Join us at e-flux for our April programs featuring Timotheus Vermeulen and Robin van den Akker; Cooking Sections, Coco Fusco, and Natasha Ginwala; Rory Rowan; Ala Younis; and Michael Rakowitz, Basim Magdy, Roy Samaha, Oraib Toukan, and Sarah Rifky.

Book launch: Cooking Sections, The Empire Remains Shop, with Cooking Sections,

Coco Fusco, and Natasha Ginwala
Friday, April 13, 7pm

The Empire Remains Shop (Columbia Books on Architecture and the City, 2018) is Cooking Sections' first book following the eponymous ongoing research and installation. The launch at e-flux will feature an introduction by Natsha Ginwala, the lecture-performance "The Next 'Invasive' Is 'Native'" by Cooking Sections, and a discussion between Ginwala, Cooking Sections' Daniel Fernández Pascual and Alon Schwabe, and Coco Fusco about the remains of Empire; followed by The Plant That Could Sink Your Mortgage: Cocktails and Drinks.

"Empire shops" were first developed in London in the 1920s to teach the British to consume foodstuffs from the colonies and overseas territories. Although none of the stores ever opened, they were intended to make previously unfamiliar produce and products-sultanas from Australia, oranges from Palestine, cloves from Zanzibar, and rum from Jamaica-available in the British Isles. The Empire Remains Shop speculates on the possibility and implications of selling the remains of the British Empire in London today.



16. Imadate's 30th Annual Exhibition of Contemporary Paper Art, Fukui, Japan, April 29-May 13

1300: Imadate's 30th Annual Exhibition of Contemporary Paper Art, Fukui, Japan : April 29th - May 13th

The exhibition of contemporary art of paper in Imadate will celebrate 30 times this year.
It will be held as "1300: Imadate's 30th annual exhibition of contemporary art of paper" that commemorates 1300 years anniversary of Okamoto Shrine and Otaki Shrine to honor the patron goddess of paper, Kawakami Gozen.
About 1800 years have passed since paper was born in this world. It can be said that "paper" is the media rich in creativity are still exciting and having this very long history that Is quite unique.
We consider paper from various points of view, investigate its endless possibilities from all creation and nurse as art. Those new features would make our thought return to origin again.

Date : April 29th - May 13th, 2018
Venues in Awatabe-cho Echizen-shi, Fukui, Japan

FB: https://facebook.com/Imadate.Art.Field/
Instagram: https://www.instagram.com/imadatekamiten/



17. Erica Van Horn, FF Alumn, at Centre des Livres d'artistes, Saint-Yrieix-la-Perche, France, through July 4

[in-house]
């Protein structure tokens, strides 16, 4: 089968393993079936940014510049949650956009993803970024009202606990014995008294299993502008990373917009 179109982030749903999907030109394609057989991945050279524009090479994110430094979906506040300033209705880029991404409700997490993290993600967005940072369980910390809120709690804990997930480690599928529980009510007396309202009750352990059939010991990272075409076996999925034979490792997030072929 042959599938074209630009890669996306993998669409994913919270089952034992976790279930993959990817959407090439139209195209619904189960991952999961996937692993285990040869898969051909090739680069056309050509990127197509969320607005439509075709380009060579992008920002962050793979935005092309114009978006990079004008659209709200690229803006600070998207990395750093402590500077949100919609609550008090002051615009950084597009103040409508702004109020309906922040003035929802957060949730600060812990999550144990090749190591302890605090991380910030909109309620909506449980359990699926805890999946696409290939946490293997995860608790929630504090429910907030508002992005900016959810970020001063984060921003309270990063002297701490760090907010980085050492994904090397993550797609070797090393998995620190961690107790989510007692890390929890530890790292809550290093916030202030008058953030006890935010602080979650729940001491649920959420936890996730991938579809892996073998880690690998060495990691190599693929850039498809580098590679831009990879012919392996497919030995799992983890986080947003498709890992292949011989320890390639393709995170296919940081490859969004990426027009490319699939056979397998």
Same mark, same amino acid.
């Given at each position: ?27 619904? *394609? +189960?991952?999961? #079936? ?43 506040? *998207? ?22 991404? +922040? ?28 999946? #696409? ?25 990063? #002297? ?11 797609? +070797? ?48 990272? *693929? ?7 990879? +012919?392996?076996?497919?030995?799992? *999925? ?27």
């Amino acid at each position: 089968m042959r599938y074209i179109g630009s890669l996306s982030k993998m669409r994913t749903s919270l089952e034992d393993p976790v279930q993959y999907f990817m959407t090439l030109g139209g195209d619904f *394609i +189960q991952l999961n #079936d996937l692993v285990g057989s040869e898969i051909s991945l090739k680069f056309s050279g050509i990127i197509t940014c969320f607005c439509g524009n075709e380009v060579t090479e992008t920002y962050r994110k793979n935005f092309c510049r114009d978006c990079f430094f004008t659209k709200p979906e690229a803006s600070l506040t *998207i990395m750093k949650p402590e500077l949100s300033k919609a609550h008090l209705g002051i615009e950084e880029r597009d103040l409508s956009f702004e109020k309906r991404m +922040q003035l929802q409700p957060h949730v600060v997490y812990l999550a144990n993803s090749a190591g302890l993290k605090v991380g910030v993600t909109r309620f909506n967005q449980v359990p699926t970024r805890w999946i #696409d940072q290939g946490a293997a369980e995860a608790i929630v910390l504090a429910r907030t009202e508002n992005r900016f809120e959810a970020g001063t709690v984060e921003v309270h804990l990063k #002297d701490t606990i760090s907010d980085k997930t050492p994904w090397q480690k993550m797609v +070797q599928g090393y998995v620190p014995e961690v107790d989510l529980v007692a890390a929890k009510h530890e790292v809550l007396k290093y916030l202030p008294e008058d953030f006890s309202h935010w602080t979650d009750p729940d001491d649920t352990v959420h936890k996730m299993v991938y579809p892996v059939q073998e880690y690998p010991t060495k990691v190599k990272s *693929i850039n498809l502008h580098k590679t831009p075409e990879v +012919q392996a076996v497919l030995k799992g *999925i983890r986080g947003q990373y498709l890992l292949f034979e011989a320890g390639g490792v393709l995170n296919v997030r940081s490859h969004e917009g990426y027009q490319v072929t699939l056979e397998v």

La Collection, 20 ans d'enrichissements Premier episode: Coracle Press

For complete information please visit www.cdla.info



18. Martine Aballea, Eleanor Antin, Carl Andre, Barbara Bloom, Simone Forti, Guerilla Girls, Pati Hill, Alan Kaprow, Linda Montano, Carolee Schneemann, Athena Tacha, Erica Van Horn, FF Alumns, at Centre des Livres d'artistes, Saint-Yrieix-la-Perche, France, through June 17

Enrichissements 2016-2017 - For complete information please visit www.cdla.info



19. Stanya Kahn, FF Alumn, at Wexner Center for the Arts, Columbus, OH, April 12


Stand in the Stream
Artist Stanya Kahn in person
(Stanya Kahn, 2011-17)
Thu, Apr 12, 2018 4 PM
"A big, messy, loving exploration of nothing less than life itself."
-LA Times

Hear from LA-based interdisciplinary artist Stanya Kahn, who joins us to discuss her acclaimed recent video Stand in the Stream. A pulsating mix of live-action footage and live-streamed Internet video, the project is a contemporary meditation on life and death that urges us to bear witness to the present. (60 mins., HD video)

Kahn will introduce the project and participate in a Q&A about her practice with Wex Curatorial Assistant Lucy Zimmerman following the screening. Stand in the Stream also screens in The Box this April.




20. Babs Reingold, FF Alumn, at David&Schweitzer Contemporary, Brooklyn, Apr. 13-29

Painting Into Sculpture
David & Schweitzer Contemporary
Opening Reception: April 13th 6-9pm
April 13 - 29, 2018

I'm pleased to exhibit "Luna Window: Ladder No 16" with David & Schweitzer Contemporary

"Painting Into Sculpture" is a group exhibition in conjunction with "Sculpture 56", a six-week long sculpture event held at eleven participating galleries at 56 Bogart Street in Bushwick Brooklyn

Painting Into Sculpture
at David & Schweitzer Contemporary
April 13 - April 29, 2018
56 Bogart St. Brooklyn NY 11206
For more information contact Michael David at michael@davidandschweitzer.com

Babs Reingold



21. Galinsky, FF Alumn, at East Village Playhouse, extended thru June

Galinsky's Solo Show "THE BENCH" extends for a 3rd time, at East Village Playhouse, offering people on this Franklin Furnace email list 1/2 price tickets!